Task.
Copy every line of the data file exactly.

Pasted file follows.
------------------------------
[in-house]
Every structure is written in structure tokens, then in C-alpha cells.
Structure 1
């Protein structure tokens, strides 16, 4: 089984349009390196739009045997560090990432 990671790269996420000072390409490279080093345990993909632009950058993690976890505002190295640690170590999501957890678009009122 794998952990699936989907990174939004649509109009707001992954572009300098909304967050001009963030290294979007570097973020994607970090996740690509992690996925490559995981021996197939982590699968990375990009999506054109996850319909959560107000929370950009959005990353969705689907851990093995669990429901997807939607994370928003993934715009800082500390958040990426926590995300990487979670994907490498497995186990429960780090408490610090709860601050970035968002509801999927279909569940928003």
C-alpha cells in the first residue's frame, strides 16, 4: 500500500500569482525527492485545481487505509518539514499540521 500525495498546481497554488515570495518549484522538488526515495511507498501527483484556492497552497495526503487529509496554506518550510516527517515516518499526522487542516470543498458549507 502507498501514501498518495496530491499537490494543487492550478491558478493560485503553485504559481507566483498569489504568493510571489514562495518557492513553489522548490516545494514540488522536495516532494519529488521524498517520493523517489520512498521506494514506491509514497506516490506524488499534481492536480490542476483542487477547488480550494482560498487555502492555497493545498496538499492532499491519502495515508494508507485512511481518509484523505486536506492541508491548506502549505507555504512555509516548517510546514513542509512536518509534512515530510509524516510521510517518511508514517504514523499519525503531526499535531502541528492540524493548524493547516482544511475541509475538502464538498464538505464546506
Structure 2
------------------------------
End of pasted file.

[in-house]
Every structure is written in structure tokens, then in C-alpha cells.
Structure 1
């Protein structure tokens, strides 16, 4: 089984349009390196739009045997560090990432 990671790269996420000072390409490279080093345990993909632009950058993690976890505002190295640690170590999501957890678009009122 794998952990699936989907990174939004649509109009707001992954572009300098909304967050001009963030290294979007570097973020994607970090996740690509992690996925490559995981021996197939982590699968990375990009999506054109996850319909959560107000929370950009959005990353969705689907851990093995669990429901997807939607994370928003993934715009800082500390958040990426926590995300990487979670994907490498497995186990429960780090408490610090709860601050970035968002509801999927279909569940928003």
C-alpha cells in the first residue's frame, strides 16, 4: 500500500500569482525527492485545481487505509518539514499540521 500525495498546481497554488515570495518549484522538488526515495511507498501527483484556492497552497495526503487529509496554506518550510516527517515516518499526522487542516470543498458549507 502507498501514501498518495496530491499537490494543487492550478491558478493560485503553485504559481507566483498569489504568493510571489514562495518557492513553489522548490516545494514540488522536495516532494519529488521524498517520493523517489520512498521506494514506491509514497506516490506524488499534481492536480490542476483542487477547488480550494482560498487555502492555497493545498496538499492532499491519502495515508494508507485512511481518509484523505486536506492541508491548506502549505507555504512555509516548517510546514513542509512536518509534512515530510509524516510521510517518511508514517504514523499519525503531526499535531502541528492540524493548524493547516482544511475541509475538502464538498464538505464546506
Structure 2